Children in poverty: Trends, consequences, and policy options [dataset]

Kristin Anderson Moore, Zakia Redd, Mary Burkhauser, Kassim Mbwana, Ashleigh Collins
2009 PsycEXTRA Dataset   unpublished
OVERVIEW The number of U.S. children living in poverty increased in 2007-continuing an upward trend dating back to 2000: In 2007, 13.3 million children were living in poverty, up from 11.6 million children in 2000. 2 The percentage of children living in families with incomes below the poverty line has increased from 16.2 percent in 2000 to 18.0 percent in 2007. 3 Thus, a large number of children-nearly one in five-are poor. a Child poverty merits attention because a substantial body of research
more » ... links poverty with lower levels of child well-being. For a variety of reasons, when compared with children from more affluent families, poor children are more likely to have low academic achievement, to drop out of school, and to have health, behavioral, and emotional problems. These linkages are particularly strong for children whose families experience deep poverty, who are poor during early childhood, and who are trapped in poverty for a long time. This Research Brief draws on Census data for 2007 to present a statistical portrait of children in poverty in the United States, 4 updating similar briefs Child Trends produced in 1999 and 2002. The brief highlights research on the consequences of poverty for children and suggests program and policy approaches that hold promise for decreasing poverty among low-income children and their families.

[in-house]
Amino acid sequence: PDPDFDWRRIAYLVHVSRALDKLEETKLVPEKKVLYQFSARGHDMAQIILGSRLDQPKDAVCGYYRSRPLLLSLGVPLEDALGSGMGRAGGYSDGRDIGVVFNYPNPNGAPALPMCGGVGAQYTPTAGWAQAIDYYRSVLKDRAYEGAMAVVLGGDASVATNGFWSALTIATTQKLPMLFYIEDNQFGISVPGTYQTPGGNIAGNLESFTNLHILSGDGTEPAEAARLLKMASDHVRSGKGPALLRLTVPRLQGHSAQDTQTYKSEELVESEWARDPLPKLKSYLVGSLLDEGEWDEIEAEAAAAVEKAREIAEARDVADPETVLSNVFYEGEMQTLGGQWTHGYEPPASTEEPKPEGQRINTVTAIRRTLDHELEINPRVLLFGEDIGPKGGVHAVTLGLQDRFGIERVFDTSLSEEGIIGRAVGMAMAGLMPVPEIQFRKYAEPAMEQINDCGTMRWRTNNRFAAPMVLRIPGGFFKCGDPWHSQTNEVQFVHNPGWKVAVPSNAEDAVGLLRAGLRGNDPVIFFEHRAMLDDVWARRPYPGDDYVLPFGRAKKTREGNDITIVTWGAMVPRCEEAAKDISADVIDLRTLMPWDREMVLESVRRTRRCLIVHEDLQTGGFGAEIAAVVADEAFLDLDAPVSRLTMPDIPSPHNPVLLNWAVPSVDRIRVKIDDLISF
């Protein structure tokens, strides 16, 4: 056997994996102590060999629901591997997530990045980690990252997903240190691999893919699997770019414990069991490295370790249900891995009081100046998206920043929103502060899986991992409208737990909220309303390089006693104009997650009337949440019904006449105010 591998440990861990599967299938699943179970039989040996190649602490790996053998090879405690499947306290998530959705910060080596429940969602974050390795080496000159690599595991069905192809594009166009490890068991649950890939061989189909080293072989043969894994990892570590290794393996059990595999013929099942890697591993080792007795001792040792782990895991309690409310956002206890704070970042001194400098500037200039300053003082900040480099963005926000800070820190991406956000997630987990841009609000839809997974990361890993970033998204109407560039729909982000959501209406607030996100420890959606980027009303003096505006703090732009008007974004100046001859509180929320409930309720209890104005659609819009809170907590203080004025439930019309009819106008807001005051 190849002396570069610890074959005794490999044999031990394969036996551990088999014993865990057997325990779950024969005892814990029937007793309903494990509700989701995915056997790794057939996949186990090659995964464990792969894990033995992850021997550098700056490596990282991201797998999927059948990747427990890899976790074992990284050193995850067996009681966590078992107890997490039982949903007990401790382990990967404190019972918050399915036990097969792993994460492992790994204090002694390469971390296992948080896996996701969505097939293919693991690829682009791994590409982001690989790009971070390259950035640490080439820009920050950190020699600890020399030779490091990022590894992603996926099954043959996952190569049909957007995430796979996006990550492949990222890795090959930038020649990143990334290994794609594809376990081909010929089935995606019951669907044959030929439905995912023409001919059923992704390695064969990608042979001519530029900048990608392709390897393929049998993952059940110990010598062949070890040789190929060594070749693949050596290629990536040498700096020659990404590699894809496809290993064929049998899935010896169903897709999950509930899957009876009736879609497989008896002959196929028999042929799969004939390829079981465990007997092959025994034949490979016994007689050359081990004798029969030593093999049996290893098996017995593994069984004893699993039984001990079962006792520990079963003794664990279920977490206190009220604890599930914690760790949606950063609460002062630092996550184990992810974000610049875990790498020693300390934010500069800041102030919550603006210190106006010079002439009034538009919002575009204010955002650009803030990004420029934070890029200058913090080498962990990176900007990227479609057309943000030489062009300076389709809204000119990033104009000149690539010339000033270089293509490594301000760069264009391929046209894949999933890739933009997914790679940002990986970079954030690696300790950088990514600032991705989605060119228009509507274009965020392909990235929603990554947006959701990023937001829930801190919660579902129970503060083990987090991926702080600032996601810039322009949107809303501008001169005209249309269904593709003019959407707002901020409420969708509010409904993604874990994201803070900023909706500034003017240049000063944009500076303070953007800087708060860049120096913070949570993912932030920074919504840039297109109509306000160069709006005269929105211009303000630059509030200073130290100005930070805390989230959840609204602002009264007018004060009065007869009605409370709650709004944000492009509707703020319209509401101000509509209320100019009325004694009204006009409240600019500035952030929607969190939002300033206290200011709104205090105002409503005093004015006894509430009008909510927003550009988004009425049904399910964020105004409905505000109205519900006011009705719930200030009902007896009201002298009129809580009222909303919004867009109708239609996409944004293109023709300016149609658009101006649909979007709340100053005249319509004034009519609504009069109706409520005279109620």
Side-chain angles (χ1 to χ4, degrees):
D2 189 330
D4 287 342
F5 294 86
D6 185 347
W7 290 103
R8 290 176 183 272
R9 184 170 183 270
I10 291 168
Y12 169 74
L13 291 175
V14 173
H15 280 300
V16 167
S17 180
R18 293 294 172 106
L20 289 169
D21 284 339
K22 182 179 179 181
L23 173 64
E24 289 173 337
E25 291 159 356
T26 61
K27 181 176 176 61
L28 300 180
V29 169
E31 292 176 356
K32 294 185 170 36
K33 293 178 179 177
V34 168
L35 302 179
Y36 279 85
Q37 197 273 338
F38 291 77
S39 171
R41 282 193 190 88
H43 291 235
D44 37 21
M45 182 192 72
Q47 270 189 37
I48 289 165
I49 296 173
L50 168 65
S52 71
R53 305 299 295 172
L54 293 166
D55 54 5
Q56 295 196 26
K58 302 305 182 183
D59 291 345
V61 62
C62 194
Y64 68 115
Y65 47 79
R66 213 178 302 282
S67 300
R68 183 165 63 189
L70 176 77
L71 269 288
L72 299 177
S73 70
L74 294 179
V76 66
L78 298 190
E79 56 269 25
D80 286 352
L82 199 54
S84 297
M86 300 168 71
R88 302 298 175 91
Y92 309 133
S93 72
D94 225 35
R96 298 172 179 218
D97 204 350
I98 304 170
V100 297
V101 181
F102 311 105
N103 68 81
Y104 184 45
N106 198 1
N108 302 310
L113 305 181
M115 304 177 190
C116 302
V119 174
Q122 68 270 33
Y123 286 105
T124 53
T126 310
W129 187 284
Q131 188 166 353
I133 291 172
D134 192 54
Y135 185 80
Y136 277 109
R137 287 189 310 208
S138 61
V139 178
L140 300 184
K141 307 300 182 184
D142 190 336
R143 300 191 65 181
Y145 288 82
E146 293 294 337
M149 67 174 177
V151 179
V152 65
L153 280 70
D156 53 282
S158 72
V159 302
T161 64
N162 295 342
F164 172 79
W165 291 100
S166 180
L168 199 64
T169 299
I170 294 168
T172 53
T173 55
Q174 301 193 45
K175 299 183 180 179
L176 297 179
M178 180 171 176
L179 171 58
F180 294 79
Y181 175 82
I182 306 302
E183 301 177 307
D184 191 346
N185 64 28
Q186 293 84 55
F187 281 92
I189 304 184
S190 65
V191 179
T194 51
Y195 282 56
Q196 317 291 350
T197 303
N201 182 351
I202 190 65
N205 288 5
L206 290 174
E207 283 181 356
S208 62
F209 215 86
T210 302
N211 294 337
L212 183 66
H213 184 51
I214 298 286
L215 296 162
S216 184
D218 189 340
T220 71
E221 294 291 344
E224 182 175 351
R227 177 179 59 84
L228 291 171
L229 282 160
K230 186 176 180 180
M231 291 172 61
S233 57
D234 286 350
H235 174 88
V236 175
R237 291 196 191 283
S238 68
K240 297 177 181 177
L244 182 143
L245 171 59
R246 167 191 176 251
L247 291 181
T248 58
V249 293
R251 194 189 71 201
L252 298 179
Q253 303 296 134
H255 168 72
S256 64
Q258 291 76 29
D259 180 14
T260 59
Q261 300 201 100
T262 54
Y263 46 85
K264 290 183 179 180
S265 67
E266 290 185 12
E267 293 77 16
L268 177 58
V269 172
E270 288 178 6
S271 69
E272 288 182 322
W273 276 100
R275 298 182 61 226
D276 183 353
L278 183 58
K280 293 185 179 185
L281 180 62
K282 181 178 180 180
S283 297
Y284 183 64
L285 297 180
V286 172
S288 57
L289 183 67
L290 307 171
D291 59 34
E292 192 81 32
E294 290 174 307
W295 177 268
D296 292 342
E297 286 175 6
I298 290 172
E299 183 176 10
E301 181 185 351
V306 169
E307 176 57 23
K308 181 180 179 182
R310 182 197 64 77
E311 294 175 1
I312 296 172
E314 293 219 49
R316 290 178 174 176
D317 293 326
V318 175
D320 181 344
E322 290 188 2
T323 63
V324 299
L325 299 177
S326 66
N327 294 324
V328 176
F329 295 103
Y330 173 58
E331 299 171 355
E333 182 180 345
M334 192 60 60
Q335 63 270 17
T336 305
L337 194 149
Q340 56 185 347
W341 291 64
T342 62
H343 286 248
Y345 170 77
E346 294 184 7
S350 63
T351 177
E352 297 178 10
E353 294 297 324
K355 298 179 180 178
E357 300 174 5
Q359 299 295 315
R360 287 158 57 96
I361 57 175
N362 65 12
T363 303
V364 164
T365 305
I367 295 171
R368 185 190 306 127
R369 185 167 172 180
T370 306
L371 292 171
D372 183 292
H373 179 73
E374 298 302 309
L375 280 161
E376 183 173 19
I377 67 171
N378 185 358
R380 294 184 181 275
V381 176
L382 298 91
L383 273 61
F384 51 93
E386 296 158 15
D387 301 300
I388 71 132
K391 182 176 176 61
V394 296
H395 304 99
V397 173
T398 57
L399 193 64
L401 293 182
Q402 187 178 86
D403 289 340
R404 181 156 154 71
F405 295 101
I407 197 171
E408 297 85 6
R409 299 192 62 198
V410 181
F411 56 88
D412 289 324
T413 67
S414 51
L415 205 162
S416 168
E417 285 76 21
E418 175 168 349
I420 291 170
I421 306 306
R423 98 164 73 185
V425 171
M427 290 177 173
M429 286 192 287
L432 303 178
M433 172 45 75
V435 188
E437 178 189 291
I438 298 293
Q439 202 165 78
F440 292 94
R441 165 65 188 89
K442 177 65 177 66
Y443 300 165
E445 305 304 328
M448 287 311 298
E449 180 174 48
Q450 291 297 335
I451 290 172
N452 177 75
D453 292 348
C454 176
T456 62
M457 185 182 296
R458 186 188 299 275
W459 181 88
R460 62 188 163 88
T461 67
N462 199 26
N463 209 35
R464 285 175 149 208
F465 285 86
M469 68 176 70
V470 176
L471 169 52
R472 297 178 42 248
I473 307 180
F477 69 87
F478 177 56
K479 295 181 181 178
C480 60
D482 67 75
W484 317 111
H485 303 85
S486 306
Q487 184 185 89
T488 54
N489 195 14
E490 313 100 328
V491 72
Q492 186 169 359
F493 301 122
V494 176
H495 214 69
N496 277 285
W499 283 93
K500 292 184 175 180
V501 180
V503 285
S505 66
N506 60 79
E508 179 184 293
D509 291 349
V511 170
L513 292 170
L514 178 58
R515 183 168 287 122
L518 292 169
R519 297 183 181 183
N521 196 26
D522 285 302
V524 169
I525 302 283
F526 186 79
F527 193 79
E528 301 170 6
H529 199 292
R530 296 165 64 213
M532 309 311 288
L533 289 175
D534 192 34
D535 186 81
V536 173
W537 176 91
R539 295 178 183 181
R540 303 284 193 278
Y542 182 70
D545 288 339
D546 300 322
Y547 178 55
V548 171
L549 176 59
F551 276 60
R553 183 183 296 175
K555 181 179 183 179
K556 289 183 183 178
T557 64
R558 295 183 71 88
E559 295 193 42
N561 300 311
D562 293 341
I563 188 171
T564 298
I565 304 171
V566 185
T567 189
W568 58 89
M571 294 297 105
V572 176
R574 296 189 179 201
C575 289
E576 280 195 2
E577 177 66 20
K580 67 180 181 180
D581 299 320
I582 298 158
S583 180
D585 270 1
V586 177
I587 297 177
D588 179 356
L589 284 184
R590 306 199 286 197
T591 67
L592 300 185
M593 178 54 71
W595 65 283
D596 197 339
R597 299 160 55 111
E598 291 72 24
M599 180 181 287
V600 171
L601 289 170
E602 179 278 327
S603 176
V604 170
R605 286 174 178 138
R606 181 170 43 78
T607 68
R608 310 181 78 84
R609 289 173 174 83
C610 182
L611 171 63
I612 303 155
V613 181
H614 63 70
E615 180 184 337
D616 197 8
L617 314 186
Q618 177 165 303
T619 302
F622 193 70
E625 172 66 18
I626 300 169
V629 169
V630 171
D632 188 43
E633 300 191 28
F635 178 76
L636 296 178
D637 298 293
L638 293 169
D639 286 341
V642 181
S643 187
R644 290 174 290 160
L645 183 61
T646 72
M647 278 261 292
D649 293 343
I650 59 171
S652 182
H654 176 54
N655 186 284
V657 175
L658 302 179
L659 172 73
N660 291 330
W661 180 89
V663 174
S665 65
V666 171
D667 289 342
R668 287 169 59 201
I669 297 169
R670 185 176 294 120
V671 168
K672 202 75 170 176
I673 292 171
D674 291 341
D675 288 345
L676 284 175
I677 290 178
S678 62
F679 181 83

doi:10.1037/e538052009-001 fatcat:crbq6fim2vd2nkijq3kkamysbe